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I needed a release more than I knew. I realized it today in a small 4′ x 4′ dressing room on the second floor of the hospital, where my trembling arms cinched the ties of a deep pink hospital shirt, the color of hope. The color of strength. The color of fear.

My shaking hand signed the paperwork minutes before. My stint in the waiting room wasn’t long enough, much preferring to be there over learning of any new news back in the exam room. Older women sitting around me complained of their grown children’s entitlement at holidays, but all I could hear was their bitterness. I wondered if this was how they avoided bigger worries, the sort that brought them to this particular waiting room on the second floor of the hospital, here in the cancer center.

Someone outside my dressing room talked about her breast cancer diagnosis at 35. A concerned nurse asked me if my doctor talked to me about early mammograms. I wondered if she knew something I didn’t, if her question was actually a suggestion, though my insurance policy doesn’t agree.

“Hop up on the stretcher here,” the tech instructed as we entered the tiny exam room. Her tone was warm. I recognized her from every other time I’ve been here and was relieved that I wouldn’t be going through this ultrasound alone.

Lying on my back, I breathed slowly and methodically. In this supine position, the tears could only pool unless I allowed myself to release them. I counted tiles– six across, six down. Another square room, this whole place just a grid within the hospital, with all news delivered in the style of Russian roulette.

The news came quickly. The tumor had disappeared in a year’s time. At the sight of my tears, my tech was quick to reassure me that although it might have just shrunk, it would never turn into cancer. She didn’t actually use that formidable word, she strategically used the word “anything.” I knew what she implied. She made a few jokes trying to ease the burden of my spilling tears. She assumed they came from a place of relief for the good news, and I suppose they did. I had kept them at bay, all the worry I hadn’t allowed myself to dwell on in the midst of holiday busyness, work obligations, and all that accompanies motherhood. I hadn’t allowed myself to think about it for 367 days, the span since the last time I was here.

But this release would have come regardless of whether the news was good or bad. All the worry my body had been carrying gave way in the knowing. This news meant that I could still nurse my baby, that my own body had not betrayed me. In those short moments before the doctor walked in, I had finally allowed myself to consider every possible scenario, and I was scared.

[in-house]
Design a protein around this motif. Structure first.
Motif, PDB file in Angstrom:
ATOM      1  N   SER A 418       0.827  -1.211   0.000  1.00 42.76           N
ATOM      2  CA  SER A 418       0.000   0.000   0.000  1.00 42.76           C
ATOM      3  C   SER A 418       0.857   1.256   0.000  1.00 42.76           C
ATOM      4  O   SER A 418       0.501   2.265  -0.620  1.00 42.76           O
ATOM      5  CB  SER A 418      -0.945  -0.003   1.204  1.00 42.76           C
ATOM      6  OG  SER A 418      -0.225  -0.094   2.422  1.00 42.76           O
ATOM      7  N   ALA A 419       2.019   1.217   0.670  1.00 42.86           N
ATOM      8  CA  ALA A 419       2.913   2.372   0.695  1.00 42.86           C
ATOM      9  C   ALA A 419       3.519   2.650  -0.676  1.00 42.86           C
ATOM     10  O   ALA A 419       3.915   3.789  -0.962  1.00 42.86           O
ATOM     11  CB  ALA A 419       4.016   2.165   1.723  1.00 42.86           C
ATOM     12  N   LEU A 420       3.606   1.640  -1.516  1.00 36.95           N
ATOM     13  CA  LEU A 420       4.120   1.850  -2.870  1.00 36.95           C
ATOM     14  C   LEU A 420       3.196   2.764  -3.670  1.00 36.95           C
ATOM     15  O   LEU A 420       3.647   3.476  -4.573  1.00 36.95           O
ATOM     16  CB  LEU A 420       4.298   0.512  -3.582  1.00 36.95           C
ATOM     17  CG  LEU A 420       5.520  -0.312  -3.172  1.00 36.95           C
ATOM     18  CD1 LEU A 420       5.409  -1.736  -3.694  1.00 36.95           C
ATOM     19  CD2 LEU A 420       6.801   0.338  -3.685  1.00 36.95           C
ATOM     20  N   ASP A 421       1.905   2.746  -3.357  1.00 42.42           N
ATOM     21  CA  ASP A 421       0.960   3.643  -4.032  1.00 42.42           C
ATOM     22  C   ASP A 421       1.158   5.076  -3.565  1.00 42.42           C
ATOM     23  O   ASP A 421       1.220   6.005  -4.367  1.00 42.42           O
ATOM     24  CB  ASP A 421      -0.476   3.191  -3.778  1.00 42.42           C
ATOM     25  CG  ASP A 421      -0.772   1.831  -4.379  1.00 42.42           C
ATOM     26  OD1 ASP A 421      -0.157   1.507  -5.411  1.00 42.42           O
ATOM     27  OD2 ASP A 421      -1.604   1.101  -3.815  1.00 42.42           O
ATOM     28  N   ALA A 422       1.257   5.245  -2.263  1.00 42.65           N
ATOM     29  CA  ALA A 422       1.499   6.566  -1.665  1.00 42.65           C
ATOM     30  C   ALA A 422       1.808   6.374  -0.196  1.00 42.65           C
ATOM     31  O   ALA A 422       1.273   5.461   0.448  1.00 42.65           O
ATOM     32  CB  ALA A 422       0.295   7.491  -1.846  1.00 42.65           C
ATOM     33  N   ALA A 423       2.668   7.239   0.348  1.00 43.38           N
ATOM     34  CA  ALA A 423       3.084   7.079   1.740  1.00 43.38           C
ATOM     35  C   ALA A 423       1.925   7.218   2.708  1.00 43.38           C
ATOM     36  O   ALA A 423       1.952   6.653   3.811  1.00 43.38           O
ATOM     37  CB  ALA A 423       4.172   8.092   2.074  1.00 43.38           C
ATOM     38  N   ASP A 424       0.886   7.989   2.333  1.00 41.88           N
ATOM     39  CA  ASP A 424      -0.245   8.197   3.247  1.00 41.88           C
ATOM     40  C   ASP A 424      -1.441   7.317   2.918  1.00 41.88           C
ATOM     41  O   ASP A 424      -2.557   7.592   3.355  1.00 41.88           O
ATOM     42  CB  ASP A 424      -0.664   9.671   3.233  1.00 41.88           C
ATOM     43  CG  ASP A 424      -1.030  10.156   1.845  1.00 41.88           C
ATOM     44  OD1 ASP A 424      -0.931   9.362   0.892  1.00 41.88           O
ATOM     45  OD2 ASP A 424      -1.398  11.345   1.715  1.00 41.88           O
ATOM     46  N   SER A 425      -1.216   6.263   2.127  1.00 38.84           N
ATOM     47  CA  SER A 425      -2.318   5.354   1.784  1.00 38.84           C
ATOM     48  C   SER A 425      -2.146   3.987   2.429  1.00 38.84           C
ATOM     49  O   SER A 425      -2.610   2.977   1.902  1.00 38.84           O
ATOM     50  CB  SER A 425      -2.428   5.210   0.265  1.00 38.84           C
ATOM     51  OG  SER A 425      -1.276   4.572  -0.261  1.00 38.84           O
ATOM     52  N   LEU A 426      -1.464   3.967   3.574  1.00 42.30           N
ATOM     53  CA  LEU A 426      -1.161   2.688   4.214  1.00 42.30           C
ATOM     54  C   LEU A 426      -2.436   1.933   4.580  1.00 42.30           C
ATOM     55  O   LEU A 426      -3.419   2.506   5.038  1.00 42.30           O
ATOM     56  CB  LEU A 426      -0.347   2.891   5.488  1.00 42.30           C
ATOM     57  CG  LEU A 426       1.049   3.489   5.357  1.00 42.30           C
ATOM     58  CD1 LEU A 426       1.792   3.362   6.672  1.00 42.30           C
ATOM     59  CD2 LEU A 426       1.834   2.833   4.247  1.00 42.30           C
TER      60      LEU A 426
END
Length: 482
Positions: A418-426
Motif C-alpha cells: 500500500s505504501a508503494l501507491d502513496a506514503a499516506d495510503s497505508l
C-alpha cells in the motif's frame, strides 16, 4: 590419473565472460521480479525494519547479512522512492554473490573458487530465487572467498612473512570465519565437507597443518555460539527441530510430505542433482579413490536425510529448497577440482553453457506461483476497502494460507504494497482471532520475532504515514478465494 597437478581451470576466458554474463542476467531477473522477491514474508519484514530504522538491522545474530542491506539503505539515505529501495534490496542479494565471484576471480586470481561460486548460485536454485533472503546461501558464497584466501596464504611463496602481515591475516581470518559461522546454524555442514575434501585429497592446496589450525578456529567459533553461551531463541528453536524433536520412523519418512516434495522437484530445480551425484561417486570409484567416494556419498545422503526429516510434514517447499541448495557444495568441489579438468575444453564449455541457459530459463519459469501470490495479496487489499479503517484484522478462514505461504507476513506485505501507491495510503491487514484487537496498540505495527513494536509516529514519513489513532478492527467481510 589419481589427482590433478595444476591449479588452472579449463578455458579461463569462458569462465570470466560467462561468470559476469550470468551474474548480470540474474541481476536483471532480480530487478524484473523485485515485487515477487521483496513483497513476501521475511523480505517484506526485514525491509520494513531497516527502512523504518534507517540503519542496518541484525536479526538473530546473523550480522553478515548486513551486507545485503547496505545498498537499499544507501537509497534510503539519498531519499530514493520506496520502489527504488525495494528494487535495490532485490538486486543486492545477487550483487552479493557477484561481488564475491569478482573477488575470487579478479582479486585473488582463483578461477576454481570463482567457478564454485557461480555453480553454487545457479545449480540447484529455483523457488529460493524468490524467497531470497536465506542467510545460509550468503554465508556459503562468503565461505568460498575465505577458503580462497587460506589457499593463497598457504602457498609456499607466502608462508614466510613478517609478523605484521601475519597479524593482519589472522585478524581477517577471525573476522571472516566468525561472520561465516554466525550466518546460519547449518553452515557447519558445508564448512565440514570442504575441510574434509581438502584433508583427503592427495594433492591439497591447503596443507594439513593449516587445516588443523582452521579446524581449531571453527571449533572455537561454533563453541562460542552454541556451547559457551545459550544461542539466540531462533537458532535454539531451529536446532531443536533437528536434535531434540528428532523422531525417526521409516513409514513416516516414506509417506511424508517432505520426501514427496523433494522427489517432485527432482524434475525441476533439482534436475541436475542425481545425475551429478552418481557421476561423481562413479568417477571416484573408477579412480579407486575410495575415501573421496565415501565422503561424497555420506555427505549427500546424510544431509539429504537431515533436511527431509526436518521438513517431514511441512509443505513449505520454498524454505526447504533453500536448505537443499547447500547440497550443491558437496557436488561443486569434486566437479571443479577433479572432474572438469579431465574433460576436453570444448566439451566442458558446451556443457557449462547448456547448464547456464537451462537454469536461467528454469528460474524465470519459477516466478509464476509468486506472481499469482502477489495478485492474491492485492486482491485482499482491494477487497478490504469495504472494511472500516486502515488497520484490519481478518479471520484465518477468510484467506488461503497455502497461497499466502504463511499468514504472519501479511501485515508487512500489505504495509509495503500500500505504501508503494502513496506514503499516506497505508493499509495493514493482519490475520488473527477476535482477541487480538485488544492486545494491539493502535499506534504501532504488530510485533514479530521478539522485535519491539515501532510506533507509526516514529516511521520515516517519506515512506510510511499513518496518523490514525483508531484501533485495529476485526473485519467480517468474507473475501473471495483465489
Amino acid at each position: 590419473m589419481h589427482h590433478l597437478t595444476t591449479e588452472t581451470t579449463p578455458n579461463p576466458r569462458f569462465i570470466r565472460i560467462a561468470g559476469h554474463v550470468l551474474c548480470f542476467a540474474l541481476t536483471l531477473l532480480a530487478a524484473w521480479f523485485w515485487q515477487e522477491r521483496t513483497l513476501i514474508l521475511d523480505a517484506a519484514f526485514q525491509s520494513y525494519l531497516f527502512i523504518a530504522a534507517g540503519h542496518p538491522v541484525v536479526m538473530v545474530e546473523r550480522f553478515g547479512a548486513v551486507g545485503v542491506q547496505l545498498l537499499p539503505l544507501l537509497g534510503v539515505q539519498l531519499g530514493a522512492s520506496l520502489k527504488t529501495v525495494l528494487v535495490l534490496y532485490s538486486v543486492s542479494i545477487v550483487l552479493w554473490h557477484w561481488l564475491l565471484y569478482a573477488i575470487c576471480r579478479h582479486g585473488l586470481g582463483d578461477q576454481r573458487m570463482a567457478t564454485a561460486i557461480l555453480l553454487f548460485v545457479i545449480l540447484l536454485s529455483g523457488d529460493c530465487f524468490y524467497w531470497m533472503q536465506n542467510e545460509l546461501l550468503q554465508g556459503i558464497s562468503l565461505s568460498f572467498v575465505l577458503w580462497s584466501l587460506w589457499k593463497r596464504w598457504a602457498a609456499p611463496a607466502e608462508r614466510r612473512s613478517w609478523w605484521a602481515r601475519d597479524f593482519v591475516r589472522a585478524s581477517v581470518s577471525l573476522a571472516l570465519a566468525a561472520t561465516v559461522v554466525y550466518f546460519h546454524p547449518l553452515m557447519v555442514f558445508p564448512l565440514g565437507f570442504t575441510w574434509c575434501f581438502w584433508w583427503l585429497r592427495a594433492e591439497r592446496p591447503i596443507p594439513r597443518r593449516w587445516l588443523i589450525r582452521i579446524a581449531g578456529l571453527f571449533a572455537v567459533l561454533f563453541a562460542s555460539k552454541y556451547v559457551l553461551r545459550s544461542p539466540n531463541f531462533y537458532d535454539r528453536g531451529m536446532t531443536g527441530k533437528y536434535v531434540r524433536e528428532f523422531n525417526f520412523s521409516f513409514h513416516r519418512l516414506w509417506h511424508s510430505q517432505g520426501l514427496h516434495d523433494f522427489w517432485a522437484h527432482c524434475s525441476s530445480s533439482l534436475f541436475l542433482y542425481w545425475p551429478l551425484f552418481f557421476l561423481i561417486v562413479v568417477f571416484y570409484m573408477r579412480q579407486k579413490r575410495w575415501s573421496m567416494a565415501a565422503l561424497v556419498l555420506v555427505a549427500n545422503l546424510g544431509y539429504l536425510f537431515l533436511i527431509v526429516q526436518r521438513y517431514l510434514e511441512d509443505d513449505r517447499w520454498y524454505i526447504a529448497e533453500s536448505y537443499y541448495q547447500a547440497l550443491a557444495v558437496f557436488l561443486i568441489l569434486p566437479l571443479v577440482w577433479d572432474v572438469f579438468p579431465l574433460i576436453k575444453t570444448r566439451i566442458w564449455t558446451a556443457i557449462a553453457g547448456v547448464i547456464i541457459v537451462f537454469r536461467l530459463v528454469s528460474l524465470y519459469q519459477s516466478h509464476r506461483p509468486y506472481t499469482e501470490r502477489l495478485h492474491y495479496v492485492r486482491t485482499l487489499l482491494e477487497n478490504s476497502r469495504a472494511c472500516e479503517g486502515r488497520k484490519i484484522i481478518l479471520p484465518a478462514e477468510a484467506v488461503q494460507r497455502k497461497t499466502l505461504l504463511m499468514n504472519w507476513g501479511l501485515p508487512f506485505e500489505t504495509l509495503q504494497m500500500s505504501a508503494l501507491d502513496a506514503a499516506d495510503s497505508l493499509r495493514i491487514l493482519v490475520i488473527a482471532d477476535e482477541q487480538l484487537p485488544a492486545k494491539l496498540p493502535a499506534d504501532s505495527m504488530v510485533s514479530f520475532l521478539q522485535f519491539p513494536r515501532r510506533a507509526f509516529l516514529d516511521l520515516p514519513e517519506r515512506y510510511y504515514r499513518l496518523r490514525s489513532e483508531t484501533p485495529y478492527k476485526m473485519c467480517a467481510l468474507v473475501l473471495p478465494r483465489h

I looked at the ultrasound and thought what a slap in the face it is that ultrasounds can be used to deliver both good news and heartache. It was an ultrasound that first informed me that I had lost my first pregnancy. Other ultrasounds allowed me to see healthy, growing baby boys. And this very wand would detect a tumor and then, a year later, lose track of it.

“One act of thanksgiving made when things go wrong is worth a thousand when things go well.” – John the Cross as quoted by Madeleine L’Engle in “Walking on Water,” 156.

Back in my car, my head throbbed. My heart ached despite the best news I could have gotten today, and for that news, I am so thankful. I’m grateful for my doctor and tech with wonderful bedside manner. I can only imagine them having to sit alongside women going through so much more than I’ve had to go through, reassuring women with much bigger fears and problems than I have. But they also made me feel as if my concern was not insignificant. It wasn’t unnoticed. And it was unfair and worrisome. It’s my burden to deal with, but ultimately it’s not my burden to carry.

It has always, always been God’s burden. It was there in God’s hands before I ever noticed it. and He will keep his hand on it even when technology can’t find it.

In an hour, it was all over. Suddenly, I’m desperate to get home to coffee and warmth and to get out of this cold December rain. Carrying an umbrella through the cancer center parking lot on the way in felt ridiculous; raindrops were the least of my concerns. But gripping that umbrella was within the realm of my control when everything else was not.

Today I expected to wake up and wrap presents all day. Instead, I spent the morning in much-needed prayer, filled with both worship and worry. I overheard my six-year-old explaining to my four-year-old why I had to go to the hospital this morning, that I have bumps near my milk that I have to get checked. That was the best way I could explain it to him so that he wouldn’t worry but also know that this was something important for mommy to get checked out, so that one day when he’s a dad, he can support his wife if she ever has to go through this. Or hold his own daughter’s hand and let her know that she’s not alone even when it feels that way. That God is always with her and that she is always, always prayed over. God will hold onto our worries until we are ready to release them completely.